July 08, 2022
Maybe we can in Washington, but not in the real world. The bad inflation story of the 1970s was that higher inflation caused workers to demand larger pay increases, which then lead to still more rapid inflation, which meant even larger wage increases, repeat.
That’s a simple story, inflation and wage growth feed off each other, leading to ever higher inflation. Even if the initial rate of inflation was not a problem, after a few rounds of this wage-price cycle, we are looking a pretty bad inflation story.
Many folks want to tell this story about the economy today. However, there is a big problem, the data won’t cooperate. Wage growth is not accelerating, it’s slowing.
Some folks seem to miss this fact because they look at year over year data, comparing the average hourly wage in June of 2022 with the average hourly wage in June of 2021. This comparison gives us a 5.1 percent annual increase, a pace that almost certainly implies a rate of inflation above 3.0 percent.
However, the year-over-year increase is telling us largely what wages did in the past, not what they are doing now. If we want to look more narrowly at what wages are doing at the moment, we can look at the most recent monthly data.
That shows a 0.3 percent rise in the average hourly wage from May to June, which translates into a 3.8 percent annual rate. That is only modestly above the 3.4 percent rate we saw in 2019, when the inflation rate was comfortably below the Fed’s 2.0 percent target.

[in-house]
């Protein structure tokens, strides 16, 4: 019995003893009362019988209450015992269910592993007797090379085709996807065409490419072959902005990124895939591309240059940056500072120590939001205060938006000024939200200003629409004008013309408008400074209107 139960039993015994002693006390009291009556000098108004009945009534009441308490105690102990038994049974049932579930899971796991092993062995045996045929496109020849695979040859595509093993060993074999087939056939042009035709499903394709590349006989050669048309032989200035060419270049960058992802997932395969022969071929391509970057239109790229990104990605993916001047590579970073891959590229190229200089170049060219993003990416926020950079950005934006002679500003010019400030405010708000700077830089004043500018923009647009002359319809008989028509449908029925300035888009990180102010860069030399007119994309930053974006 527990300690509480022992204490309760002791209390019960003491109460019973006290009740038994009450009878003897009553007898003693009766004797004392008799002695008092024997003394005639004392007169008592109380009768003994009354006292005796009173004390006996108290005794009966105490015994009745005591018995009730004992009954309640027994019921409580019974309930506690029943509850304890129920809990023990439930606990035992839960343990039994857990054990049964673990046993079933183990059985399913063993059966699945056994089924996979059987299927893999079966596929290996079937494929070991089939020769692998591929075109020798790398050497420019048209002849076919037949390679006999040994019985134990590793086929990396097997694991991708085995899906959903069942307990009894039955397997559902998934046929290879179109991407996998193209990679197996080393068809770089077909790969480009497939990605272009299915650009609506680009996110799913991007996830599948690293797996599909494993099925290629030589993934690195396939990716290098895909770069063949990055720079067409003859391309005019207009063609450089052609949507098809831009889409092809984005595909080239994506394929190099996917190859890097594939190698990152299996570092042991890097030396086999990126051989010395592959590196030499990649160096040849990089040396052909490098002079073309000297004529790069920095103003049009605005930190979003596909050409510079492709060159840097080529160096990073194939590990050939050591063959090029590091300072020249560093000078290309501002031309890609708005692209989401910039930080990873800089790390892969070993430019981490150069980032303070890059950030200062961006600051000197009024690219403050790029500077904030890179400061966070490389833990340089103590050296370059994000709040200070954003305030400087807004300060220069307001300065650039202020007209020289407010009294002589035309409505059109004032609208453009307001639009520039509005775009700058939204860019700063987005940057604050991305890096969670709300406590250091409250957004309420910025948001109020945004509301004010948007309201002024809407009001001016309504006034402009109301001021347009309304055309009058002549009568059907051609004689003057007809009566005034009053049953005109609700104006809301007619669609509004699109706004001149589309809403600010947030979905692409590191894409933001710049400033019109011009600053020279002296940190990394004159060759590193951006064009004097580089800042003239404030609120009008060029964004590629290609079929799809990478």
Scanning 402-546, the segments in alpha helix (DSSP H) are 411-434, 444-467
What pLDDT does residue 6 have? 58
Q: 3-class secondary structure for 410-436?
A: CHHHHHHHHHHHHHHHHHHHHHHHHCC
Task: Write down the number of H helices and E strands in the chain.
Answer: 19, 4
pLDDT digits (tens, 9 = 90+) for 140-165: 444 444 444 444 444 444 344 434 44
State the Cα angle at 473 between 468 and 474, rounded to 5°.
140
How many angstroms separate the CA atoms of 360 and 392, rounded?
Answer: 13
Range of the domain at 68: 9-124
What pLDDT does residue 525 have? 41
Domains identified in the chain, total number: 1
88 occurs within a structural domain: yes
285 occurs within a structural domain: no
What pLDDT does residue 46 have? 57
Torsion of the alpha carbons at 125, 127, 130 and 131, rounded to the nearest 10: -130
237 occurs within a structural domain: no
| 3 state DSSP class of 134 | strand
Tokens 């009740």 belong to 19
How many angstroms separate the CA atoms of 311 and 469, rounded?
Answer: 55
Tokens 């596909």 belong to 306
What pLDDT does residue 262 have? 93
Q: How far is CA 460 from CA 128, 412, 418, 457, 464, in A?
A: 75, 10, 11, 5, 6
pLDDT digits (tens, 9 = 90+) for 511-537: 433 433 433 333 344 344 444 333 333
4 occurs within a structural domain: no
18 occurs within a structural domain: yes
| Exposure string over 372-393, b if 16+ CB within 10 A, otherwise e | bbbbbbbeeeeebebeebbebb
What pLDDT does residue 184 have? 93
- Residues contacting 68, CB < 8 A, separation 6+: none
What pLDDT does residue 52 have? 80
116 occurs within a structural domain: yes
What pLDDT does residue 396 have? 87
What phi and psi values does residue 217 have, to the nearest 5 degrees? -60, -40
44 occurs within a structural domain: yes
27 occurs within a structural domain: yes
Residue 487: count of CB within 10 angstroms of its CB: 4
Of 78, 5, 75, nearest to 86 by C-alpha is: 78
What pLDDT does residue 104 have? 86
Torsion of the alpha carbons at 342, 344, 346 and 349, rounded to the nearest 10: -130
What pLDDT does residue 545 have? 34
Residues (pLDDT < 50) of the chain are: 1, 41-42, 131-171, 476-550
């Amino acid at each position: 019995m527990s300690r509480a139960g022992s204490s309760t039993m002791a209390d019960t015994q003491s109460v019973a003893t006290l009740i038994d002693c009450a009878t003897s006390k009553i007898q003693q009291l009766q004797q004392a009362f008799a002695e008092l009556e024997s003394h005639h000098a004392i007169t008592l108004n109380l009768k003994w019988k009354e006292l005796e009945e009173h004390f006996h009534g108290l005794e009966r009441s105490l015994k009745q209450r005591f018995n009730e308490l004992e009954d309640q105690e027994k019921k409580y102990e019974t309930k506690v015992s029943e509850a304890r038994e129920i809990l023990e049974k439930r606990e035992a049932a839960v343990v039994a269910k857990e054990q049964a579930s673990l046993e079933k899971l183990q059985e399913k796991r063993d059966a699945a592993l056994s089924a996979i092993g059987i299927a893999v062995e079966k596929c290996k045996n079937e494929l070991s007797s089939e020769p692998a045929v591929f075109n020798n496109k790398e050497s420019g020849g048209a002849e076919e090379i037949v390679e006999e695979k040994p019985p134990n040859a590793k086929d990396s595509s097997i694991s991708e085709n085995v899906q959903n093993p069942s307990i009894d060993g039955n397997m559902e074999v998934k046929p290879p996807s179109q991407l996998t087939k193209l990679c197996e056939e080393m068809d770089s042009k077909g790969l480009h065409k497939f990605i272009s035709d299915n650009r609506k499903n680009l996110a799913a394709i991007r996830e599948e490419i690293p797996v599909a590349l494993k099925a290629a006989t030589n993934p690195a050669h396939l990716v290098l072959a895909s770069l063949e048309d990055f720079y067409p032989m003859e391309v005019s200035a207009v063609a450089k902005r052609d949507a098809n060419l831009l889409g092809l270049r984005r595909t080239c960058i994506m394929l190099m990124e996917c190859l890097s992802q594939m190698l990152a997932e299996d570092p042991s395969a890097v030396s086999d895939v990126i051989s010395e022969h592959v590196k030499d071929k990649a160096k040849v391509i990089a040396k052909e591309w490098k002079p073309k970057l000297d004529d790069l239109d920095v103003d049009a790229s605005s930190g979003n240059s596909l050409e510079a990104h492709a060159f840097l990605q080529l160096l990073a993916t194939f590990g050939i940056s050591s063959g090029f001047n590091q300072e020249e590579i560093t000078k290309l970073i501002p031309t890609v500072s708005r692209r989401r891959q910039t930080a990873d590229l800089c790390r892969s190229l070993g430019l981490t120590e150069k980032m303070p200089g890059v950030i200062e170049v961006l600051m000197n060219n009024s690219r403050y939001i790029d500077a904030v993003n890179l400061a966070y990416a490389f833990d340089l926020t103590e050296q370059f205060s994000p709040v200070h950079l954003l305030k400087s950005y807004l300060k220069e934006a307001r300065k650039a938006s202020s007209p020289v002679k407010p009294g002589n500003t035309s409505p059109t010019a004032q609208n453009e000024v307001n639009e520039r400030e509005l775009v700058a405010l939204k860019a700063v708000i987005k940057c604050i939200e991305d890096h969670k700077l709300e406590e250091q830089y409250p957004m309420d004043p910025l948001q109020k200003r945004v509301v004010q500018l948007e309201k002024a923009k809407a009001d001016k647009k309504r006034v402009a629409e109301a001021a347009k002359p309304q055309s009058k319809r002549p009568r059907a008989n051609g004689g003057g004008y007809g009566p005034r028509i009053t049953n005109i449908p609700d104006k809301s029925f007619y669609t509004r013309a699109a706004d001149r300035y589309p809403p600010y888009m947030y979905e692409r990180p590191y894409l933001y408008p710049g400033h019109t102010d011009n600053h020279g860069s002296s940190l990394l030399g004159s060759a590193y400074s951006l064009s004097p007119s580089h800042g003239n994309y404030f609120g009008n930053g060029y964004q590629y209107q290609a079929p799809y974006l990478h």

However, the monthly data are erratic and subject to large revisions, so we can be misled by taking a single month’s data. My preferred measure is to look over a three-month period, using averages for three months.
This means comparing the rate of growth using the average hourly wage for the most recent three months (April, May, and June) compared with the prior three months (January, February, and March). This means looking back somewhat, but it also limits the impact of random error in the wage data.
If we use this calculation, we get an annualized inflation rate for the most recent period of 4.3 percent. More importantly, we see a clear downward trend from a peak of more than 6.0 percent hit at the start of the year. Here’s a picture. (The label shows the middle month of the ending comparison period.)
Source: Bureau of Labor Statistics and author’s calculations.
As can be seen, wage growth has been on a downward path since the start of the year. It is very hard to see how we can have a wage-price spiral if the rate of wage growth is actually slowing. If that is the Fed’s concern in its plans for aggressive rate hikes, it looks like it can relax. Wage growth is already slowing rapidly, and may soon be at a pace that is consistent with the Fed’s inflation target, if it is not there already.